Do You Have Elbow Pain?
The elbow is a complex joint that allows pushing and pulling movements and the ability to rotate the forearm. Elbow pain can be caused by injury or strain to the bones in the elbow joint, the surrounding muscles, or the tendons. Elbow pain may also be due to damage arising from the elbow joint’s network of nerves, blood vessels and ligaments. People who play racquet sports are most likely to injure the tendons on the outside of the elbow. Golfers are more likely to injure the tendons on the inside of the elbow. Gardening, playing baseball, using a screwdriver, or overusing your wrist can also lead to elbow pain.
Causes of Elbow Pain
There are many causes of elbow pain such as: Tendinitis, Tennis Elbow, Bursitis, Arthritis, elbow strains and injury, elbow infection, and neck, shoulder, arm, and wrist pains and injury.
Most elbow pain results from trauma (slips and falls or sports injuries) overuse injuries from repetitive movement of the hand, wrist or arm. Elbow pain could also be from arthritis, but in general, your elbow joint is much less prone to wear-and-tear damage than are many other joints.
Common causes of elbow pain include:
- Cubital tunnel syndrome
- Elbow fracture
- Golfer’s elbow
- Ligament sprains and tears
- Little league elbow syndrome (pitcher’s elbow)
- Olecranon bursitis
- Osteochondritis dissecans
- Radial tunnel syndrome
- Tennis elbow
Diagnosing the Cause of Elbow Pain
A thorough history and physical examination are usually adequate to establish the diagnosis for most elbow injuries. However, your doctor may do a series of tests, depending on the cause of your injury, the location of your pain, or your other symptoms. This may include x-rays, CT scan and MRI.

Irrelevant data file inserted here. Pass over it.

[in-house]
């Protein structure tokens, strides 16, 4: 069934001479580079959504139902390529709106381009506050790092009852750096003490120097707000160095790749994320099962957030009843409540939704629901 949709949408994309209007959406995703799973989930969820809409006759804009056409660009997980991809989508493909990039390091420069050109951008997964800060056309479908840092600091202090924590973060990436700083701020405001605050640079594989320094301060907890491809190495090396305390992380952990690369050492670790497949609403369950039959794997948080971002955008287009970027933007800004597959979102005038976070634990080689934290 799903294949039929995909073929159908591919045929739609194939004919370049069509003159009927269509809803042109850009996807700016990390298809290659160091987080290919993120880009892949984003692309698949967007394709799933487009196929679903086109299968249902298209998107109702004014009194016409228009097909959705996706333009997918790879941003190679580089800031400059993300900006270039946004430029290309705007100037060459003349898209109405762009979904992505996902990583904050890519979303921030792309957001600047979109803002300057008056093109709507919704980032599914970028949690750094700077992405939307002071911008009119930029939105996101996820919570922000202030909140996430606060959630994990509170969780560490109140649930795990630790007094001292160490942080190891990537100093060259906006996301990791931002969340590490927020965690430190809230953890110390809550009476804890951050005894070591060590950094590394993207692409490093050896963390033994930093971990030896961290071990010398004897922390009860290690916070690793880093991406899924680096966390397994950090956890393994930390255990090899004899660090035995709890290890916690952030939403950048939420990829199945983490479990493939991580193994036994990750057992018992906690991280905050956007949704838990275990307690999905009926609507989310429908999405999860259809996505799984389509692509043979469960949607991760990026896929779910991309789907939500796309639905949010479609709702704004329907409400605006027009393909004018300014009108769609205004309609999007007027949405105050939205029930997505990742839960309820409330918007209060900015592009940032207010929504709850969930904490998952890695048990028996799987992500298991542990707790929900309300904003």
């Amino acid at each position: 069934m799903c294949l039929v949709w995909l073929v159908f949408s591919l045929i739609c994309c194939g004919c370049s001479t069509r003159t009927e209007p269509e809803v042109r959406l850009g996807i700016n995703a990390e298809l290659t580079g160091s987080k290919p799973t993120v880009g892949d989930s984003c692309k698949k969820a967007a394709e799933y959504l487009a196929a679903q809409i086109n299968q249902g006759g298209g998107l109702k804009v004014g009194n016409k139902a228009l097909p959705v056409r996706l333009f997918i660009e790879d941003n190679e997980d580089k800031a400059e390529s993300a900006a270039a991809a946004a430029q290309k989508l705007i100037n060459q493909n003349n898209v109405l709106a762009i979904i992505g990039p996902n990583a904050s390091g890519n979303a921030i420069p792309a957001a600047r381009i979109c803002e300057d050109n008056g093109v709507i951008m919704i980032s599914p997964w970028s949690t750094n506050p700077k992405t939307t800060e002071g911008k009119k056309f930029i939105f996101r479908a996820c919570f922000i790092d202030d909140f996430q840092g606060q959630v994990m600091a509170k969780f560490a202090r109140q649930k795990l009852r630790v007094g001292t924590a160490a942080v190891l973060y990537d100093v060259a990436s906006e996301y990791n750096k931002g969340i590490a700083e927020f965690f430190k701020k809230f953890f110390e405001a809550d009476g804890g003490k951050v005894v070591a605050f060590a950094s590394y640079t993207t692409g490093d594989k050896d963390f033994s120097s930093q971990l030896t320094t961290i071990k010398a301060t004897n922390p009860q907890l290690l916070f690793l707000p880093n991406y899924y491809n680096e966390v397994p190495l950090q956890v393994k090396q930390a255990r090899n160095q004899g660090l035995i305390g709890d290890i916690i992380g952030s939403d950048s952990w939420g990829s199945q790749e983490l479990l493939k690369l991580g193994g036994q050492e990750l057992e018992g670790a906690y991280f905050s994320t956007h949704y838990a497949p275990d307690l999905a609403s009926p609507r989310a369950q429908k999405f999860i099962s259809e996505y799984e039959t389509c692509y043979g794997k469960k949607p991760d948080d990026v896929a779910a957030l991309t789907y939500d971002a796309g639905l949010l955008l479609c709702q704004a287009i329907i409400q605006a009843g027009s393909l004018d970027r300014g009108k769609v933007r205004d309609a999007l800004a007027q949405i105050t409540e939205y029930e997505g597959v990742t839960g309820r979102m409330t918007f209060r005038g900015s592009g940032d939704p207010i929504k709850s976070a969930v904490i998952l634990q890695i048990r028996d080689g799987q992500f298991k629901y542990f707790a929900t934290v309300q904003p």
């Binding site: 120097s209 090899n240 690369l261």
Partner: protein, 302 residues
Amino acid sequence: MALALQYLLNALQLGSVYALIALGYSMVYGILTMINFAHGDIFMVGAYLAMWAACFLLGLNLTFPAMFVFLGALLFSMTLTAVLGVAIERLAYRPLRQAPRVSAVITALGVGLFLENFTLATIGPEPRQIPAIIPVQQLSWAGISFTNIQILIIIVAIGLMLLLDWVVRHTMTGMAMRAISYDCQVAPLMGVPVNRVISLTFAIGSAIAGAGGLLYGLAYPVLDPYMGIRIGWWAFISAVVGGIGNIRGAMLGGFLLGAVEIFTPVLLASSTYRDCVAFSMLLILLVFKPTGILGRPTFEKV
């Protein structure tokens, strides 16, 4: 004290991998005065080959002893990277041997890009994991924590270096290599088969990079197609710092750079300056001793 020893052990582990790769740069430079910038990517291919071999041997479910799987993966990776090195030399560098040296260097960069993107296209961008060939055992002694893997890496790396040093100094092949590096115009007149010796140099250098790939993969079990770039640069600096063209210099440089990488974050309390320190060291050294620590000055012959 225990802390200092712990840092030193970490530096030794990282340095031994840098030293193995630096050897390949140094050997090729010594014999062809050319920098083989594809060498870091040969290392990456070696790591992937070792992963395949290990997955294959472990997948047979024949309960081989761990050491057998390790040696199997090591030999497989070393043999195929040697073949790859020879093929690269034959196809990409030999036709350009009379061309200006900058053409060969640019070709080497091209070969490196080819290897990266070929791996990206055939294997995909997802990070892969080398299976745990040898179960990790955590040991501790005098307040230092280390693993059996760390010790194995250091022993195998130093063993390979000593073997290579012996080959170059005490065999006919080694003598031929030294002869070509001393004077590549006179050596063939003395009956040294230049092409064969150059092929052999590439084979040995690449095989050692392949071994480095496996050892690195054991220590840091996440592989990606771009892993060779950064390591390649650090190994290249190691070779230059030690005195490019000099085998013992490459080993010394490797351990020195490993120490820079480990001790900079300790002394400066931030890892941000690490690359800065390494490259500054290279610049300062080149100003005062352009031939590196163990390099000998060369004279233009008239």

The most important part of caring for patients with elbow pain is an accurate diagnosis. Dr. Magaziner uses his years of clinical experience, using a thorough examination and sophisticated diagnostic tools to arrive at his diagnosis.
Most minor elbow pain will respond to home care that initially starts with rest, OTC medication and ice. This is followed by moist heat and light exercise. For those condition not responding to home care, medical attention is necessary.
Medical treatment may include immobilization, pain medication, physical therapy and further instructions. Additional treatment with joint or muscle injections may be necessary for more severe conditions. Surgery is indicated is some cases with a clear pathology which will not heal with conservative treatment.
Dr. Magaziner’s philosophy is to start with the more conservative treatments (less invasive) first such as rest, medication, bracing, ergonomic changes, physical therapy, acupuncture, chiropractic and laser therapy. If the condition does not respond to conservative care some possible treatments include: joint injections, prolotherapy, PRP, and stem cell grafts. As a last resort surgery may be necessary.